Pope Julius II laid the cornerstone of the current St. Peter’s Basilica, one of Catholicism’s most sacred buildings.

St. Peter’s Basilica, whose enormous Michelangelo-designed dome makes it one of the most dominant features on the Rome skyline, is located on what Catholics believe is the burial site of Saint Peter, one of the Twelve Apostles of Jesus Christ.

Emperor Constantine the Great had built an earlier basilica on the site of a shrine that was reputed to mark St. Peter’s burial place in the 4th century. However, this building had fallen into a poor state of repair by the 15th century and in 1505 Pope Julius II made the decision to demolish the 1,100 year old basilica and build an entirely new one.

Such an undertaking would prove to be incredibly costly but, with funds partially provided by the selling of indulgences, construction began on a design by architect Donato Bramante in 1506. A number of adaptations were made to the plans over the next few decades, although a large part of the current building was designed by Michelangelo after he took over the project in 1547.

It took over a century to complete St. Peter’s Basilica, which was consecrated by Pope Urban VIII on 18 November 1626. Judged by many as the greatest example of Renaissance architecture, the basilica is the largest church in the world. Even more than 500 years after its construction, the dome still remains one of the largest in the world and continues to tower over lavish decorations and unmatched pieces of religious art. Yet, despite its position as perhaps the most famous Catholic building in the world, St. Peter’s Basilica is not the mother church. This is rather St. John Lateran, the cathedral church of Rome and the official seat of the Pope.

The shortest papacy in history ended after just twelve days following the death of Pope Urban VII, shortly after he introduced Europe’s first smoking ban.

Giovanni Battista Castagna was elected as Pope on 15 September 1590 but died of malaria less than two weeks later. Despite his short reign, he was responsible for introducing a range of financial reforms that benefited the poor. Ranging from bread subsidies to public works projects, these were partly funded through restrictions on luxury items and partly from his own pocket.

As well as these charitable acts, Urban VII was also responsible for Europe’s first smoking ban. Tobacco had arrived in Europe less than a century earlier, and the new Pope threatened to excommunicate anyone who was caught “chewing it, smoking it with a pipe or sniffing it in powdered form through the nose”  in the porchway of, or inside, a church.

An earlier smoking ban had been introduced by the leaders of the Roman Catholic Church in Mexico in 1575, specifically prohibiting smoking inside churches. It was Urban VII’s ban, however, that gained most attention due to the growing popularity of tobacco in Europe in the 16th Century. It was later extended by Urban VIII in 1624 when he completely banned the use of snuff due to the sneezing it prompted resembling ‘sexual ecstasy’.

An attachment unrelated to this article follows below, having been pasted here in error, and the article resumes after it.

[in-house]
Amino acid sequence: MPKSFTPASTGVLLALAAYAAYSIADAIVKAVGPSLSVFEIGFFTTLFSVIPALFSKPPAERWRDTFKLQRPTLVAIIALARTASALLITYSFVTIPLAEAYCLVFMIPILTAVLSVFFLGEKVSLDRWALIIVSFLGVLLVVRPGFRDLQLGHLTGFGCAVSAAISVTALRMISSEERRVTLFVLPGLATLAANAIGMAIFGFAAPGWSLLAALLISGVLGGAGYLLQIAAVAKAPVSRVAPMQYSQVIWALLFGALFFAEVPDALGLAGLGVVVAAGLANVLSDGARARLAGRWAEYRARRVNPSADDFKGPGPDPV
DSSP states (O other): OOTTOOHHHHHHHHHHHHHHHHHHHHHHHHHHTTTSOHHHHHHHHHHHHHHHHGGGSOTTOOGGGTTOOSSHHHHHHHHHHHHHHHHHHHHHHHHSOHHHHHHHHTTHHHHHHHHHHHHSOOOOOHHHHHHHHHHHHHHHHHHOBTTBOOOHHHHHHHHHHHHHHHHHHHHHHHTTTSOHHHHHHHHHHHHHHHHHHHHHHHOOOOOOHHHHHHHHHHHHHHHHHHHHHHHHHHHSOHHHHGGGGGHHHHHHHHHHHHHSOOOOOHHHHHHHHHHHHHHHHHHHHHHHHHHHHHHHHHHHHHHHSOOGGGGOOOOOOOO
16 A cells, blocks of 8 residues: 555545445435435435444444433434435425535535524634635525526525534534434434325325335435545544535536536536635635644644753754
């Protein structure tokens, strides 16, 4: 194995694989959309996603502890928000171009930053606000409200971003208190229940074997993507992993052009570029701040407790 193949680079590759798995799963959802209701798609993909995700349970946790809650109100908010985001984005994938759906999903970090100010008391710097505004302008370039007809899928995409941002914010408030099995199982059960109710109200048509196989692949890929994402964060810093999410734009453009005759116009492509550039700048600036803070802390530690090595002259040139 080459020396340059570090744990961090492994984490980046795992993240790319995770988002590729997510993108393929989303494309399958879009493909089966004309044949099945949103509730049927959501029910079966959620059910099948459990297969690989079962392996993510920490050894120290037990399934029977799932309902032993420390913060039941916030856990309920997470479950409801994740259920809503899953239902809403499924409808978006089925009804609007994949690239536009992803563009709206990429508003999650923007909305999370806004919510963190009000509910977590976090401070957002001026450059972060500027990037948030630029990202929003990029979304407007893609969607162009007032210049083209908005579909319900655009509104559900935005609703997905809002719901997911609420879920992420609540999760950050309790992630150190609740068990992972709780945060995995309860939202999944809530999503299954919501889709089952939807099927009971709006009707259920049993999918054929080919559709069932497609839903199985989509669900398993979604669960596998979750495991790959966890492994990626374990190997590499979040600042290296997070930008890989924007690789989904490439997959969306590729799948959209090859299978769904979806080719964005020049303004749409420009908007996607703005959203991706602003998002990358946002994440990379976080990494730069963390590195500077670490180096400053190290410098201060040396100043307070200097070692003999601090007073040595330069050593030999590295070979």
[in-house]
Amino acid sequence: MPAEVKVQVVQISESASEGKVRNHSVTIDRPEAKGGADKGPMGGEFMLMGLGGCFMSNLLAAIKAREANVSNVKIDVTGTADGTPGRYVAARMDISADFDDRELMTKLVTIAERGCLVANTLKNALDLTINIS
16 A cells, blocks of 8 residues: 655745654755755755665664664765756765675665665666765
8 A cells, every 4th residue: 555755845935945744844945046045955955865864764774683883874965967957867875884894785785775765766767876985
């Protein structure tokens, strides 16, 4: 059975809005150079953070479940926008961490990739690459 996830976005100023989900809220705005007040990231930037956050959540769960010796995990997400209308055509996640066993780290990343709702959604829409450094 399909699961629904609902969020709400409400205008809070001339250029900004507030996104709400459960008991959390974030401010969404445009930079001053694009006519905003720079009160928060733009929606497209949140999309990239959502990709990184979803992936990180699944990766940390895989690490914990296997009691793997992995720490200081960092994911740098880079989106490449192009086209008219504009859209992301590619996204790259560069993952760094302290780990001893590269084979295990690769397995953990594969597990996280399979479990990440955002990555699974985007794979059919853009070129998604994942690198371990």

Urban VII’s ban on tobacco in churches and their porches stayed on the books until the early 18th Century, far outlasting the Pope himself. Following his death from malaria, which it is believed he contracted within two days of his election as Pope, Urban VII was buried in the Vatican. His remains were later moved to the church of Santa Maria sopra Minerva, near the Pantheon in Rome.

Born Giovanni Maria Mastai-Ferretti, Pius IX’s election by the Papal conclave of 1846 came at a time of significant political unrest across Europe. A particular issue facing the 50 members of the College of Cardinals who attended the conclave regarded the future governance of the Papal States, which the new Pope would rule. A conservative faction wished to see the continuation of a policy of papal absolutism, while more moderate cardinals hoped for some liberal reforms.

Going against the general mood of the rulers of Europe who wished to see a conservative Pope, the moderate Cardinal Bernetti successfully persuaded other like-minded cardinals to vote for Mastai-Ferretti. The papal historian Valérie Pirie wrote that, as one of the scrutineers responsible for recording the votes of the conclave, Mastai-Ferretti therefore proclaimed his own election.

His appointment was met with enthusiasm from European liberals, and he was celebrated by English Protestants as a ‘friend of light’. Having named himself Pius after Pope Pius VII, the first years of the new Pope’s rule saw a number of liberal actions including the release of political prisoners and the beginnings of a constitution for the Papal States. However, the revolutions of 1848-49 and a number of nationalist terrorist attacks began to turn him away from this initially liberal agenda.

By the 1850s Pius IX had become more conservative, and he began to consolidate the power of the Church. The capture of the Papal States by the Italian Army in 1870, however, led to him declaring himself the ‘Prisoner of the Vatican’.